By Eric Heinz
Silver shovels were ceremoniously plunged into the first piles of dirt at the future site of the Fox Park development in Globeville.
The development, the construction of which is expected to take place over the next 10 years or so, is planned to be a mixed-use urban hub with an estimated 3,300 units for up to 6,000 people to call home, in addition to 34,000 square feet of retail, 80,000 square feet of culture and entertainment facilities, 14 acres of interconnected parks and open space, and other amenities.
“In the master plan around this area, we wanted to bring in open spaces, green spaces, gardens, and we wanted to bring that area to the Globeville neighborhood and to the new developments to make it a benchmark for future developments,” Jose Carredano, a principal and Fox Park project director, said during the groundbreaking ceremony.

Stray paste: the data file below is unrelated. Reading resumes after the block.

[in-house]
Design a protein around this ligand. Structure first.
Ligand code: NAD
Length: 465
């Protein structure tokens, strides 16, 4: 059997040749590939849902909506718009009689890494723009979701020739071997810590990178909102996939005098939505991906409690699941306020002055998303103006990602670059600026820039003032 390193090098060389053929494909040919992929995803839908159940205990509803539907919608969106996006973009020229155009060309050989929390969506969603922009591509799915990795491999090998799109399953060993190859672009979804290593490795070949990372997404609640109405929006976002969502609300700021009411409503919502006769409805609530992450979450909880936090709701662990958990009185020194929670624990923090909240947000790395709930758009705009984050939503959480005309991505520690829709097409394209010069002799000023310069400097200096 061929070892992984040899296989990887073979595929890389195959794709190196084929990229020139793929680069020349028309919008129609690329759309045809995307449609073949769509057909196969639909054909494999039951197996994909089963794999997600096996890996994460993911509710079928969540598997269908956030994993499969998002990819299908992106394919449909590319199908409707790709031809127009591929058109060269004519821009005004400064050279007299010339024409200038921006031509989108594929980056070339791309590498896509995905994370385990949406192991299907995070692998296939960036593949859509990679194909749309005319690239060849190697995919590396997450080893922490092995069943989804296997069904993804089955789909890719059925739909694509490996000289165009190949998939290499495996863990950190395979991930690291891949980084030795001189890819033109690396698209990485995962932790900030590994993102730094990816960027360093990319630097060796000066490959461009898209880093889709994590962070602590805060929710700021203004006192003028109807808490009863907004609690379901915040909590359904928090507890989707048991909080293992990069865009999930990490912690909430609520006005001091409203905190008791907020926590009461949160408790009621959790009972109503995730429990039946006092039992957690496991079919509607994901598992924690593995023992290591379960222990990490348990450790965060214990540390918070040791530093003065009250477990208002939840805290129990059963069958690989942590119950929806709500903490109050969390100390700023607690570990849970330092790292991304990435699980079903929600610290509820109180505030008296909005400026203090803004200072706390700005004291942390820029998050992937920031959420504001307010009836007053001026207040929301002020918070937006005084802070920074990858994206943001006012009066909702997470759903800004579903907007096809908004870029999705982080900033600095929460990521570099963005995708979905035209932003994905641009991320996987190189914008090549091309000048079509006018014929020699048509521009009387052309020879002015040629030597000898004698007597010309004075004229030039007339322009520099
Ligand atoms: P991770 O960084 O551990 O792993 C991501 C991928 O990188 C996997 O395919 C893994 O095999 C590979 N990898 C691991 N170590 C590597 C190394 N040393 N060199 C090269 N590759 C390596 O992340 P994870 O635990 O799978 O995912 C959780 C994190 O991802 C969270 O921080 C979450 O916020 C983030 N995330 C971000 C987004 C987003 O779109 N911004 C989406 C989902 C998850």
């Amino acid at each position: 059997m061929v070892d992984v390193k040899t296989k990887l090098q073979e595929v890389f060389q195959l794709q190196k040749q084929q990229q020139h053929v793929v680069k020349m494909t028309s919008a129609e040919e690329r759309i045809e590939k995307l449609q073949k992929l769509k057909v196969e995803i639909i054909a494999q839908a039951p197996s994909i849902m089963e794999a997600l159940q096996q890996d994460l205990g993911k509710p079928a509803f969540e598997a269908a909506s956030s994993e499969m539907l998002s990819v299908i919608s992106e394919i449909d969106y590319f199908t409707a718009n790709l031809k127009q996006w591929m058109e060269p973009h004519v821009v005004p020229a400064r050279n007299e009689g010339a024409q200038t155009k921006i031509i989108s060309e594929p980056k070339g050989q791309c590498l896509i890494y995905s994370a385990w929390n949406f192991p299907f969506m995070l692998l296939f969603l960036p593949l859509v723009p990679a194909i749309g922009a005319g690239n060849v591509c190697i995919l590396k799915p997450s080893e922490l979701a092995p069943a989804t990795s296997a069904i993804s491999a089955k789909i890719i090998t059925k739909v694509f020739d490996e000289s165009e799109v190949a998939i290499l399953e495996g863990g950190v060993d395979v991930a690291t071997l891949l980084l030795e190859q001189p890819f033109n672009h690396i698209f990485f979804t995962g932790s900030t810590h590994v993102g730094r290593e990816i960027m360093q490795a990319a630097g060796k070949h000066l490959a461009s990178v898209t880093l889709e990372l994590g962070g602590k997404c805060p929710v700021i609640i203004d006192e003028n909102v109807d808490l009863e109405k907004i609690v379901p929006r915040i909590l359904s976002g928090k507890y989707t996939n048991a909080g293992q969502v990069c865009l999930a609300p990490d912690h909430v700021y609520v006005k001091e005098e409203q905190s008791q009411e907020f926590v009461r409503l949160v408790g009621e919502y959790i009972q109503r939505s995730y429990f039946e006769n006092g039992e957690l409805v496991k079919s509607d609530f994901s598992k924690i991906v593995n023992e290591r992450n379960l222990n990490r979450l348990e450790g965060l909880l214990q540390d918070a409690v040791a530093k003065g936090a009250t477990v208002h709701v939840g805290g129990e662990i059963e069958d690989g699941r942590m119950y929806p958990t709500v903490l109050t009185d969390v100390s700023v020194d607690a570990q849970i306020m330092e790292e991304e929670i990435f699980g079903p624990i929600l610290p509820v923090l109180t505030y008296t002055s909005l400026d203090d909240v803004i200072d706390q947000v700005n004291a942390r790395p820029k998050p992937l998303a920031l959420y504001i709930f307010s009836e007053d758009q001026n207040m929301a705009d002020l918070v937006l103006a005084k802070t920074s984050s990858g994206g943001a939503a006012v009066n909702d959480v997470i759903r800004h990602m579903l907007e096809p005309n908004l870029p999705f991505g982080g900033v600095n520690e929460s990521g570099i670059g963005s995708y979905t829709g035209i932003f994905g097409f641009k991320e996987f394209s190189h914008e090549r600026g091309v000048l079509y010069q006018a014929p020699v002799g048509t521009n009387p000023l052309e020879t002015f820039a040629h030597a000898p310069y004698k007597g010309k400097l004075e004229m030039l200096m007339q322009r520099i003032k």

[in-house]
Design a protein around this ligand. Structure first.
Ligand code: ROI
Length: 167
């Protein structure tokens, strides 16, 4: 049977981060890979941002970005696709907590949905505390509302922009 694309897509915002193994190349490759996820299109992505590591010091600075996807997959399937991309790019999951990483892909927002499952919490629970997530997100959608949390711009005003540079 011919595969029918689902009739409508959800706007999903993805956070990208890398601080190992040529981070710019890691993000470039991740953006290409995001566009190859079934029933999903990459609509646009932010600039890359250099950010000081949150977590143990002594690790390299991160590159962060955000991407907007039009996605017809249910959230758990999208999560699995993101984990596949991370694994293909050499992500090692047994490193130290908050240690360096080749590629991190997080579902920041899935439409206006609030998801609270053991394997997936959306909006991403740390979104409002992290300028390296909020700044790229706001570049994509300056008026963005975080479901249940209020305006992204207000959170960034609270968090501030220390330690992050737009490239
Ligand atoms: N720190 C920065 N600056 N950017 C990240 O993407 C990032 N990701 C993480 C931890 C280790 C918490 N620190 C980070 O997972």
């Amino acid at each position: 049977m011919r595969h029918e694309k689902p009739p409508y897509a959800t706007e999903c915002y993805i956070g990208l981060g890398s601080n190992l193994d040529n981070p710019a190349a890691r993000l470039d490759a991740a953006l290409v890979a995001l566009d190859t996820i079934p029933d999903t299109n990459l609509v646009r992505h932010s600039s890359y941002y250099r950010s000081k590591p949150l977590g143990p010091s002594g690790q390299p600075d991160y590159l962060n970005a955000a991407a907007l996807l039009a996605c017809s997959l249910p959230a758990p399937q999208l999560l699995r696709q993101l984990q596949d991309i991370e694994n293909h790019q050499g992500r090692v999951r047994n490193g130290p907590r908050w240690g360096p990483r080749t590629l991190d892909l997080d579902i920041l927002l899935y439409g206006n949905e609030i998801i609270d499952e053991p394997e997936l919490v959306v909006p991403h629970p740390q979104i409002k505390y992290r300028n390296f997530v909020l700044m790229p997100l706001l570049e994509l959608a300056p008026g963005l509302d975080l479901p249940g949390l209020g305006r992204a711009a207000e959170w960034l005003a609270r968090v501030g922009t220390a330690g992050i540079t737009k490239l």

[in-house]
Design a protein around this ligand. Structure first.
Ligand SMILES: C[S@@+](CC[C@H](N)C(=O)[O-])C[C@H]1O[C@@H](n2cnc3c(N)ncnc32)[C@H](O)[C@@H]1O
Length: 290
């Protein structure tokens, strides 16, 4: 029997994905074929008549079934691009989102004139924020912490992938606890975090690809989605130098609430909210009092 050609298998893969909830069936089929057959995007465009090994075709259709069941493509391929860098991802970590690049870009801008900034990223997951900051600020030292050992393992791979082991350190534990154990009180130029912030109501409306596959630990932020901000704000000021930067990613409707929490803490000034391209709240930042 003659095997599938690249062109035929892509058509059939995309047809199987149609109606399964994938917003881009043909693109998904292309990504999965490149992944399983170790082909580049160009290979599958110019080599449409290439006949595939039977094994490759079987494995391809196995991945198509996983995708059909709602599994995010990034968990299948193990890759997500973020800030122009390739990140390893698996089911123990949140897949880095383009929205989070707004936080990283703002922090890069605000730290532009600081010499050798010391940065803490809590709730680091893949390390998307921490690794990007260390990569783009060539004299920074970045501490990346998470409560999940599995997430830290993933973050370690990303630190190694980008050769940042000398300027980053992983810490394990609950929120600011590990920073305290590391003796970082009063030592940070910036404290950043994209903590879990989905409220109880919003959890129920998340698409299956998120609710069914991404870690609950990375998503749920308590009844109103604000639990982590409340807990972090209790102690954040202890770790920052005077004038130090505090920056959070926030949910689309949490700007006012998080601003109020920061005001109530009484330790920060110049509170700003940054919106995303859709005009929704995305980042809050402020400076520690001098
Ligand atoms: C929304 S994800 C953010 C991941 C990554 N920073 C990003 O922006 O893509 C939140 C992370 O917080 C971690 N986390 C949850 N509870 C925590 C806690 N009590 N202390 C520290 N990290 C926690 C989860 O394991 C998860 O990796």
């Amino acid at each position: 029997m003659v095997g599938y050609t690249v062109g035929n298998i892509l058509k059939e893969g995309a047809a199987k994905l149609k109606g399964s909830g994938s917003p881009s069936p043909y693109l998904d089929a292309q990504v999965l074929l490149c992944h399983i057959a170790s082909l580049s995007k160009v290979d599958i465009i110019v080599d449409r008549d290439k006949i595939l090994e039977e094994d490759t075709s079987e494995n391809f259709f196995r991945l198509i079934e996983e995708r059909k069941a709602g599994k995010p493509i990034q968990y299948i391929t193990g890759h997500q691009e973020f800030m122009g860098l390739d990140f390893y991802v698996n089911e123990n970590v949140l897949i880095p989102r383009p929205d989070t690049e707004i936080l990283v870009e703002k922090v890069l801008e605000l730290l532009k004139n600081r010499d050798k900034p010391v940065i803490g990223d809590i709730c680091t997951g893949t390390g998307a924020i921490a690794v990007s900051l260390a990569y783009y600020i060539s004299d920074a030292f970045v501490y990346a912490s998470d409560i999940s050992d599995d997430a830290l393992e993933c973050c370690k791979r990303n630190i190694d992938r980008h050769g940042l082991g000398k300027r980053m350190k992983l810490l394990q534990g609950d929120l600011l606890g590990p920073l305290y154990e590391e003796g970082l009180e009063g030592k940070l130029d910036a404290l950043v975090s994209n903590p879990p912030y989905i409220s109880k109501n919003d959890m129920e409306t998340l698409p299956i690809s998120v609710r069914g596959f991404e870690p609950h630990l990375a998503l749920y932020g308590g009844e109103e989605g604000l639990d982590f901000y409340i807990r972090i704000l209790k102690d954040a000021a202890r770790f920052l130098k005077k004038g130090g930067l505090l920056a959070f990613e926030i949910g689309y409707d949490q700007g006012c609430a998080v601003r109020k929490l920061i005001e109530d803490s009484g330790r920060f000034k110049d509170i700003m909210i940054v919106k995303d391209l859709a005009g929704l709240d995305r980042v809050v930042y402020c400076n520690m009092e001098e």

The developers announced last year that the World Trade Center’s headquarters would be the flagship tenant of Fox Park.
In the middle of the ceremony, attendees were shown a surprise video message from Virgin founder and CEO Richard Branson, who announced a new 241-room hotel that would be located within the middle of the development.
“I look forward to celebrating the grand opening on the Virgin Hotel at Fox Park rooftop overlooking Denver’s wonderful skyline soon,” Branson said.
Branson said this is Virgin’s first property in Colorado.
Before Fox Park can get started on development, it must finish a remedial cleanup of the EPA superfund site within the property.
A community advisory group established under the EPA’s cleanup program hosted a meeting in September to give an update of those efforts, which have already begun.
Fox Park has already done testing on soil and groundwater samples, but it must get final approval from the agency before continuing.
Toxic metals and chemicals have been identified in the Fox Park site from a smelting plant that operated near the beginning of the 20th century at the same location.
The cleanup process is expected to take place through August of next year, and then the EPA will need to issue a “record of decision” to determine whether the soil is safe.